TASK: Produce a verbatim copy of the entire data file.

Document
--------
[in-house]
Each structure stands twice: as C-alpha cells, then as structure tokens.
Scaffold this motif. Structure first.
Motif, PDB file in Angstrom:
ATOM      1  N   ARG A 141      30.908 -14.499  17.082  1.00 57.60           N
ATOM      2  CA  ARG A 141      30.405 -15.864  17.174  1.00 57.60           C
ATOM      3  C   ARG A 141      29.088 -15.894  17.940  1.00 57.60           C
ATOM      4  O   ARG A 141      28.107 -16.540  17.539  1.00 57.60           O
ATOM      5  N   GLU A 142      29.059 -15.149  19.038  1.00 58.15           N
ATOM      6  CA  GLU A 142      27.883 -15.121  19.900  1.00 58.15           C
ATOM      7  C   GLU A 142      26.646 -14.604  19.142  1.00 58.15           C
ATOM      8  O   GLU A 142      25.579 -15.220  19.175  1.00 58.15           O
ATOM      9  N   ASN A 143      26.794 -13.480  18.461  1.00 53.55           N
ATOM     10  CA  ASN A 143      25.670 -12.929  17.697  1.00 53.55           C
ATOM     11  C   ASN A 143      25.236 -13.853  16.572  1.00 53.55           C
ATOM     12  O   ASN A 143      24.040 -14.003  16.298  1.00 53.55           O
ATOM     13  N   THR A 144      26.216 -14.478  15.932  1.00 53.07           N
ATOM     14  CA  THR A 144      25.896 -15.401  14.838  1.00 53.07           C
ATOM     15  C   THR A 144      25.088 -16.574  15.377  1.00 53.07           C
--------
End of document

[in-house]
Each structure stands twice: as C-alpha cells, then as structure tokens.
Scaffold this motif. Structure first.
Motif, PDB file in Angstrom:
ATOM      1  N   ARG A 141      30.908 -14.499  17.082  1.00 57.60           N
ATOM      2  CA  ARG A 141      30.405 -15.864  17.174  1.00 57.60           C
ATOM      3  C   ARG A 141      29.088 -15.894  17.940  1.00 57.60           C
ATOM      4  O   ARG A 141      28.107 -16.540  17.539  1.00 57.60           O
ATOM      5  N   GLU A 142      29.059 -15.149  19.038  1.00 58.15           N
ATOM      6  CA  GLU A 142      27.883 -15.121  19.900  1.00 58.15           C
ATOM      7  C   GLU A 142      26.646 -14.604  19.142  1.00 58.15           C
ATOM      8  O   GLU A 142      25.579 -15.220  19.175  1.00 58.15           O
ATOM      9  N   ASN A 143      26.794 -13.480  18.461  1.00 53.55           N
ATOM     10  CA  ASN A 143      25.670 -12.929  17.697  1.00 53.55           C
ATOM     11  C   ASN A 143      25.236 -13.853  16.572  1.00 53.55           C
ATOM     12  O   ASN A 143      24.040 -14.003  16.298  1.00 53.55           O
ATOM     13  N   THR A 144      26.216 -14.478  15.932  1.00 53.07           N
ATOM     14  CA  THR A 144      25.896 -15.401  14.838  1.00 53.07           C
ATOM     15  C   THR A 144      25.088 -16.574  15.377  1.00 53.07           C